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BREAKING: Catalan leader Carles Puigdemont calls for mediation while slamming Spanish King’s response to referendum

The speech called for dialogue and negotiation while condemning the attitude of the Spanish government and Monarch.

President of the Generalitat of Catalonia, Carles Puigdemont has made a videoed public address which serves as a direct rebuttal of yesterday’s videoed address by Spanish King Felipe VI.

During his short statement, Puigdemont stated that the monarch abrogated his duty to moderate in issues of civil peace and instead simply issued the same anti-Catalan rhetoric as Spanish Prime Minister Mariano Rajoy, who has refused to even acknowledge that an independence referendum was conducted.

Puigdemont then stated that he and the Catalan government are ready for dialogue with Spain and that furthermore, he has received constructive offers of external mediation between Madrid and Barcelona.

He praised the peaceful attitude of Catalans and promised to continue to fight peacefully in spite of the violent actions of Spanish police who injured hundreds of Catalans during Sunday’s referendum vote.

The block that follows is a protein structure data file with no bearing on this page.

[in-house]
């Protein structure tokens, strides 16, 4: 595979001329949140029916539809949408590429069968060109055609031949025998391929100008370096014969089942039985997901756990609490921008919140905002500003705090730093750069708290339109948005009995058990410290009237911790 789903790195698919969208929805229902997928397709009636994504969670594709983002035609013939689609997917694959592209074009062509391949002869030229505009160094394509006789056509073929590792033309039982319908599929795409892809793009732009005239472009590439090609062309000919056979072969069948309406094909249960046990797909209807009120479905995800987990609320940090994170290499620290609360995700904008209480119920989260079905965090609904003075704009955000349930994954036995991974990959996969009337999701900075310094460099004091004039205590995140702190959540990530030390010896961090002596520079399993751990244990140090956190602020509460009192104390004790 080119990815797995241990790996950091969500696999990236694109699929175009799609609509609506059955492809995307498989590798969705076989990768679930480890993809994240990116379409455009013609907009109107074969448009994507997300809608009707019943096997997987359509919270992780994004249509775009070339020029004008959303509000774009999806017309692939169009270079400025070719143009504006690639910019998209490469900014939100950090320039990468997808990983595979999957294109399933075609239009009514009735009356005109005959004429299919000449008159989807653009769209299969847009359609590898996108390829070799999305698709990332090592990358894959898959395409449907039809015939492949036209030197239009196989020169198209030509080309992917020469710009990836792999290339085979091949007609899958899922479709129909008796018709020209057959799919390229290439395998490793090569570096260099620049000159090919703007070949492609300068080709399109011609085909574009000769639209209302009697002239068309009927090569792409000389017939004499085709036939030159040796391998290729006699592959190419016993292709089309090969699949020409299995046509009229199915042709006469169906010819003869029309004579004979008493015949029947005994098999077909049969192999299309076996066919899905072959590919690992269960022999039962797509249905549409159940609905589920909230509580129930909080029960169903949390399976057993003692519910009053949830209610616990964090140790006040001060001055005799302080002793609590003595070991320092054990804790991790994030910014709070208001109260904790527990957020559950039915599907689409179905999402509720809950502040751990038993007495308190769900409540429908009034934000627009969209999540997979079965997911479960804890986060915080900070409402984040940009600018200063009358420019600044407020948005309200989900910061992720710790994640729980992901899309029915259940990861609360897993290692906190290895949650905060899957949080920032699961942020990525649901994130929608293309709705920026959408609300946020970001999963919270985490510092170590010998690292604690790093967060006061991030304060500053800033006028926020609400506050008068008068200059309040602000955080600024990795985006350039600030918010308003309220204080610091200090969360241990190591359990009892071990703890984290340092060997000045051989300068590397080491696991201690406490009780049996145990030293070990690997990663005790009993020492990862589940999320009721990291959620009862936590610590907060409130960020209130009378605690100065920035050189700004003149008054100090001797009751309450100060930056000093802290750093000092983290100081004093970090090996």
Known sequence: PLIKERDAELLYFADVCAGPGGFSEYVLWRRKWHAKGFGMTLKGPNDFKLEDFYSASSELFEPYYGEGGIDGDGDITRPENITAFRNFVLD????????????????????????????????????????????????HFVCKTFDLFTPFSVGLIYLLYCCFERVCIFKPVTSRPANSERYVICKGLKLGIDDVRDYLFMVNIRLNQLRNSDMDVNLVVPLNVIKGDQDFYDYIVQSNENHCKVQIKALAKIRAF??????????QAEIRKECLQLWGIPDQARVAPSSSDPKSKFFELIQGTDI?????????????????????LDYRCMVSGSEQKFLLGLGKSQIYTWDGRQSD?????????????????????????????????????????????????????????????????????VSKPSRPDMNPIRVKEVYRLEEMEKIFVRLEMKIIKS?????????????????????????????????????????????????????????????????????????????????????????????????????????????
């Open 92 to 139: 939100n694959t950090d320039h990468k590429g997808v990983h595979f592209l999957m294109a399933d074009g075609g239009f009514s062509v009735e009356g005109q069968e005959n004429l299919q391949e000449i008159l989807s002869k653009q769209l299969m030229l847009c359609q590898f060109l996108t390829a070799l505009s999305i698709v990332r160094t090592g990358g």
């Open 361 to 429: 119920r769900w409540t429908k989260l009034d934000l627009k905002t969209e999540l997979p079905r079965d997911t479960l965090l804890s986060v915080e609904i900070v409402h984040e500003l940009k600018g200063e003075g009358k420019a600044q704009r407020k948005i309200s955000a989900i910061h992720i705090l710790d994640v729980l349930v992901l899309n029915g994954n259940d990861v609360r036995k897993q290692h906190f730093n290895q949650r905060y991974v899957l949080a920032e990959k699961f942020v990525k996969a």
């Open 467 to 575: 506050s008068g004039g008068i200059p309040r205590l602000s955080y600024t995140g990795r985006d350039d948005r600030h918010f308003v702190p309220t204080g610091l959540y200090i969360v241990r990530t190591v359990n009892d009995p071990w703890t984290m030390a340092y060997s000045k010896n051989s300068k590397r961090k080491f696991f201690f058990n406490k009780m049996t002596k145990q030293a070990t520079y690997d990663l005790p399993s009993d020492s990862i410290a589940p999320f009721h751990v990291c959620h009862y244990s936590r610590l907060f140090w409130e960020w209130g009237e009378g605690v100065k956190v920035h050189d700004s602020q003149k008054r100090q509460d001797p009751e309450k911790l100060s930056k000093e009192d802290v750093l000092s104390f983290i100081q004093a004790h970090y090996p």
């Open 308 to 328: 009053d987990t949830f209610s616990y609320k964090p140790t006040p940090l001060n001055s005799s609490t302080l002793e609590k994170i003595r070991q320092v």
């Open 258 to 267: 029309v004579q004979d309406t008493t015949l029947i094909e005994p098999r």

Carles Puigdemont encouraged calm saying that “peace and agreement” is part of the Catalan character. He said that this attitude is not being reciprocated by the Spanish government and that it was irresponsible for Madrid not to listen to offers of mediation and negotiation. He did however thank many Spanish citizens for being sympathetic to the Catalan cause and for encouraging an attitude of brotherly cooperation.

Puigdemont said that Catalonia is an open, pluralistic and welcoming society that will continue to work constructively for a better future for Catalonia and Spain.

He also stated that his government “will apply the results of the referendum”, an indication of a forthcoming declaration of independence that some say might come in less than a week.

On the whole, the message was one of criticism for the Spanish King and Prime Minister but nevertheless, a message which called for dialogue rather than discord. In this sense, it is up to Spain to respond in a manner that departs from the rhetoric that has previous come from Madrid which continues to ignore the referendum’s impact while seeking to maintain a status quo that seems increasingly untenable.

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